A 3-year study on Progression Free Survival (PFS). This study aims to contribute an empirically derived patient perspective about the use of progression-free survival as an appropriate endpoint in clinical trials of cancer therapy. PFS is the length of time after cancer treatment that a patient lives with the disease without tests showing that it is worsening. Although PFS is used in clinical trials as a means of testing how well a new treatment might work, a longer PFS does not necessarily mean that overall survival is improved. So if patients derive PFS benefits but overall live no longer and they suffer unacceptable side-effects from the treatment then this PFS may be of little value. This is an extremely important study that has generated much interest already.  

Data analysis continues and publications include:

2017 Fallowfield LJ, Catt SL, May SF, Matthews L, Shilling VM, Simcock R, Westwell S, Jenkins VA. Therapeutic aims of drugs offering only progression-free survival are misunderstood by patients, and oncologists may be overly optimistic about likely benefits. Supportive Care in Cancer 2017, 25:237-244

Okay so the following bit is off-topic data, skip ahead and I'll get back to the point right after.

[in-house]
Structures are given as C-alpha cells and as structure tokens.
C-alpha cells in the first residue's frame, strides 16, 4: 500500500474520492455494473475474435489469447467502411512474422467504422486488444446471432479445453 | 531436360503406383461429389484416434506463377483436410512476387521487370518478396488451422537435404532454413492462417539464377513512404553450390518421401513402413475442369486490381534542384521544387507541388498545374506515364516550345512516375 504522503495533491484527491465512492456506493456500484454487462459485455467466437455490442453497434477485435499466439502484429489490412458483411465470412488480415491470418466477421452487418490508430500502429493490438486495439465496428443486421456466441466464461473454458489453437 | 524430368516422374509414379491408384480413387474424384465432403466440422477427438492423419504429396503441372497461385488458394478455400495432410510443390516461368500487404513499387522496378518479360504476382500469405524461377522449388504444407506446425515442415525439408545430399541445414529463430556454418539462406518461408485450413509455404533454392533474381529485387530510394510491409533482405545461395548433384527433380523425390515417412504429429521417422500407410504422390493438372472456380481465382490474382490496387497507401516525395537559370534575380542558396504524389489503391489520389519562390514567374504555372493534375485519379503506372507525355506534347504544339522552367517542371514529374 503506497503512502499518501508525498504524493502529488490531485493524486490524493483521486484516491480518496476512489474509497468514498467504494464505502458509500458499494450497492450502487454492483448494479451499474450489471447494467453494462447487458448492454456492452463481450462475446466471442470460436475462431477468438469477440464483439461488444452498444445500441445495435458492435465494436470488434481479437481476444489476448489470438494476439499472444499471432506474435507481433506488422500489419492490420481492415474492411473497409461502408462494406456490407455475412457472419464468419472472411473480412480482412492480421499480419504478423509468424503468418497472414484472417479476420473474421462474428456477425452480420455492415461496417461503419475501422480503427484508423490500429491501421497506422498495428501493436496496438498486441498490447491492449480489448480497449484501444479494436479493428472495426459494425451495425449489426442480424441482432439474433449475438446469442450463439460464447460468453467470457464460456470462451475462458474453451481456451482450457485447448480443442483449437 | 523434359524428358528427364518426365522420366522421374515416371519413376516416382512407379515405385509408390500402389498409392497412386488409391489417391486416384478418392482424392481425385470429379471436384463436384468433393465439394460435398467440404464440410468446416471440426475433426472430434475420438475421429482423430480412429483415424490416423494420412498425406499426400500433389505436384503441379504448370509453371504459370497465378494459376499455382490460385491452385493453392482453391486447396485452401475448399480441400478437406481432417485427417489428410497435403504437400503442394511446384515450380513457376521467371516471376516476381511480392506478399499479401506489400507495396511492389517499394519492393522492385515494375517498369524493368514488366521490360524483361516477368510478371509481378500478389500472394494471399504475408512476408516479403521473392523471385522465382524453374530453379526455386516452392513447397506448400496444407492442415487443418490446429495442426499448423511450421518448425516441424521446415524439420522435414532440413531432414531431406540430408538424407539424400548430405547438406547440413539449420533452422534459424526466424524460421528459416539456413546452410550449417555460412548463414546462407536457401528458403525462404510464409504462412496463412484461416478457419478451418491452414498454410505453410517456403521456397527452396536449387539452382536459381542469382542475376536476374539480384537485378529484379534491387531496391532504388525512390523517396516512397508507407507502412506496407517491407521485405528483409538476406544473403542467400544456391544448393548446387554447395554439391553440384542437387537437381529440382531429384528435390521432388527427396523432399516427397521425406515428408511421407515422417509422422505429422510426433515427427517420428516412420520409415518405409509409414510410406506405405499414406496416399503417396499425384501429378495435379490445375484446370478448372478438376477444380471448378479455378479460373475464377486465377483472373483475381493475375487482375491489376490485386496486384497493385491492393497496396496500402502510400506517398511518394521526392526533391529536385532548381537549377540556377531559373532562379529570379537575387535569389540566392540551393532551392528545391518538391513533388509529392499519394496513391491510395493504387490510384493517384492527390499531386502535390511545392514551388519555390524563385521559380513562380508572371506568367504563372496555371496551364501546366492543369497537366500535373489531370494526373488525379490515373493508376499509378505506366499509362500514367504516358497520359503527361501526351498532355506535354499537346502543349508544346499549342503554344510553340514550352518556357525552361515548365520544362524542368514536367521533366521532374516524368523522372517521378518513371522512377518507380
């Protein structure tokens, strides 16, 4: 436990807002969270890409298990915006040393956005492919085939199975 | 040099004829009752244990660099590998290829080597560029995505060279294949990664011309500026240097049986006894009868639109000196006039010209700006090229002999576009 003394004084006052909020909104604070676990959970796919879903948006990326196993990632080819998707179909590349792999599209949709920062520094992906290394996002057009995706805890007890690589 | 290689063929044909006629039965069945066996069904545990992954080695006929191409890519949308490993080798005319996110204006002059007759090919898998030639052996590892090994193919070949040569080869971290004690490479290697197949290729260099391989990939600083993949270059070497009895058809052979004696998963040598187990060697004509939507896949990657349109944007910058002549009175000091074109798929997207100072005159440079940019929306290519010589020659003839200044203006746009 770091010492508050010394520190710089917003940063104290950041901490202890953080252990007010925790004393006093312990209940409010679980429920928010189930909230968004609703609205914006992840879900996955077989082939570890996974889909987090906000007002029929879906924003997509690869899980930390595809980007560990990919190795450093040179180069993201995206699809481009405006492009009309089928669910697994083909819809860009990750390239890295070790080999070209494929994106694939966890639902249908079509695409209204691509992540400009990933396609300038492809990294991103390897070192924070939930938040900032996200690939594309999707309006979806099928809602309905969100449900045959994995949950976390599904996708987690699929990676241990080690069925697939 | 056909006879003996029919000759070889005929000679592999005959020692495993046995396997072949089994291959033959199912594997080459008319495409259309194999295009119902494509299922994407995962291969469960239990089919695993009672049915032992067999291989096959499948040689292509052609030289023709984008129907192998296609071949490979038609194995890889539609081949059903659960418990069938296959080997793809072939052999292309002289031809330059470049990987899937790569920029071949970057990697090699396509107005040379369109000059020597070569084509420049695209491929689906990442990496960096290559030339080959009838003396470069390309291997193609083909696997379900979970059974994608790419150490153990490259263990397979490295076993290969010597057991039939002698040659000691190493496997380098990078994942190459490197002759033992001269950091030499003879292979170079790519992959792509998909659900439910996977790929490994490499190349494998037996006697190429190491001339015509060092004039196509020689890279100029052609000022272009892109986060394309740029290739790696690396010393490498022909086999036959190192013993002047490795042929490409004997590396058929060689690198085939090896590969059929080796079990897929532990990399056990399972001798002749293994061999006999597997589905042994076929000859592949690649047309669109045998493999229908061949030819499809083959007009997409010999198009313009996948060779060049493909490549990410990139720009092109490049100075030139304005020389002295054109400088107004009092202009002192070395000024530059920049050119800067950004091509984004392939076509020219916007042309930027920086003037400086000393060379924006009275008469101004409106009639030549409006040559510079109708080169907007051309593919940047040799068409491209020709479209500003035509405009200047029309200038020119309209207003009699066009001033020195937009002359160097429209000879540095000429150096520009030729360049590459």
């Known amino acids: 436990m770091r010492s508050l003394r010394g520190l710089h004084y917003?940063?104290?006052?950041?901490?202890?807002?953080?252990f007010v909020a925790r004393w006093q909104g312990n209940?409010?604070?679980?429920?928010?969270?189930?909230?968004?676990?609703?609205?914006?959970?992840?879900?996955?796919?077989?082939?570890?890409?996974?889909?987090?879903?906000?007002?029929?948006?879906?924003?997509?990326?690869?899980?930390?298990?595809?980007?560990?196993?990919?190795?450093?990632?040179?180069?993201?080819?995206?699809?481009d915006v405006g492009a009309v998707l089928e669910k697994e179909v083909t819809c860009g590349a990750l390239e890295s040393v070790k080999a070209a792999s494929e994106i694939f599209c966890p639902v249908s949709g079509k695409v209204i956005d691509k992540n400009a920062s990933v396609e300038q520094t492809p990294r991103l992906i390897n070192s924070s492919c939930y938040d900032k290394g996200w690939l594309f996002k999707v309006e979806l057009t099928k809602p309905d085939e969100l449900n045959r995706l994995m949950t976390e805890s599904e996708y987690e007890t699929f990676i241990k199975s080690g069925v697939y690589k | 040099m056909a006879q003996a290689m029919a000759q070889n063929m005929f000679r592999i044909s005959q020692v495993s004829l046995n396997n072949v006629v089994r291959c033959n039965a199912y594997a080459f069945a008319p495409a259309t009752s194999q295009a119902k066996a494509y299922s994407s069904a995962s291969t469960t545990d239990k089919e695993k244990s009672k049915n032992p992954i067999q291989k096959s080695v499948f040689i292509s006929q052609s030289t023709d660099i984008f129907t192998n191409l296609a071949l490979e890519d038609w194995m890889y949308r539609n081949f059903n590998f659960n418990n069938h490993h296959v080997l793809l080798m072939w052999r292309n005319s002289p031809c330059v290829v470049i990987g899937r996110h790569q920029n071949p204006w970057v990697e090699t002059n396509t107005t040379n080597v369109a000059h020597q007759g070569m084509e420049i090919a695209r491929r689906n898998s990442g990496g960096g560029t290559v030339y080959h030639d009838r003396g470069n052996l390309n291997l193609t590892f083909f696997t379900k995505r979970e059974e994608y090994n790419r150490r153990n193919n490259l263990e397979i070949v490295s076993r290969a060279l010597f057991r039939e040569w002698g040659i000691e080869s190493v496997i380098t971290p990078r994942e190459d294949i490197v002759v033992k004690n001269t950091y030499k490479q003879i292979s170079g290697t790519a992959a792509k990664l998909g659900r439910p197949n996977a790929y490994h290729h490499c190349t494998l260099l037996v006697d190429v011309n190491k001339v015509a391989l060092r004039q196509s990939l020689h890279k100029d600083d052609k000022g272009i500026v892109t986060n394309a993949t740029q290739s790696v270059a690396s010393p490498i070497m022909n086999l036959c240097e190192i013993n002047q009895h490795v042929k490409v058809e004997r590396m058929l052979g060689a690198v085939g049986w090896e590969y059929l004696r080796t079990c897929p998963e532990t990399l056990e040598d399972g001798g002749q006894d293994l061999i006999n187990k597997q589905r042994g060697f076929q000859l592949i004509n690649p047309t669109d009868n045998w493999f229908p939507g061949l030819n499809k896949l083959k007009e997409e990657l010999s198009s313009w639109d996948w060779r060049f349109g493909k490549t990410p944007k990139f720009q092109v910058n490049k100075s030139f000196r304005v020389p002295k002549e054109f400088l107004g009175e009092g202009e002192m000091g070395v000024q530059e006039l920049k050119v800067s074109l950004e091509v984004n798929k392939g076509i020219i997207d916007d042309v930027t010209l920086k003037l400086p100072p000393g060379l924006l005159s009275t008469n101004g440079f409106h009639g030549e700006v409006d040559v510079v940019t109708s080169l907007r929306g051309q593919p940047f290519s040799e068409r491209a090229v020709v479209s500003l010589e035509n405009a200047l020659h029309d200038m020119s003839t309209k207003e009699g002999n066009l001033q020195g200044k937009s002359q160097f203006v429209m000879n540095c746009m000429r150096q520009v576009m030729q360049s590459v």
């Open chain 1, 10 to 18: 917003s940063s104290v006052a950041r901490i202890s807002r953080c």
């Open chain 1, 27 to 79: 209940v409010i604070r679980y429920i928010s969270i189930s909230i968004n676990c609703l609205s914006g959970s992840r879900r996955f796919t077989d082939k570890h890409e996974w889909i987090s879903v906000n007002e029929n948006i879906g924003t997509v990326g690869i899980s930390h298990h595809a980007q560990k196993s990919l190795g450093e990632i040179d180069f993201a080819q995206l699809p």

Poster presentations

The British Psychosocial Oncology Society (BPOS) Annual Conference 16-17 March 2017 PDF document of trial summary poster

ASCO Cancer Survivorship Symposium, 28th January 2017. PDF document of trial summary poster

ASCO Palliative Care Conference, 23-25 October 2014 PDF document of trial summary poster

 

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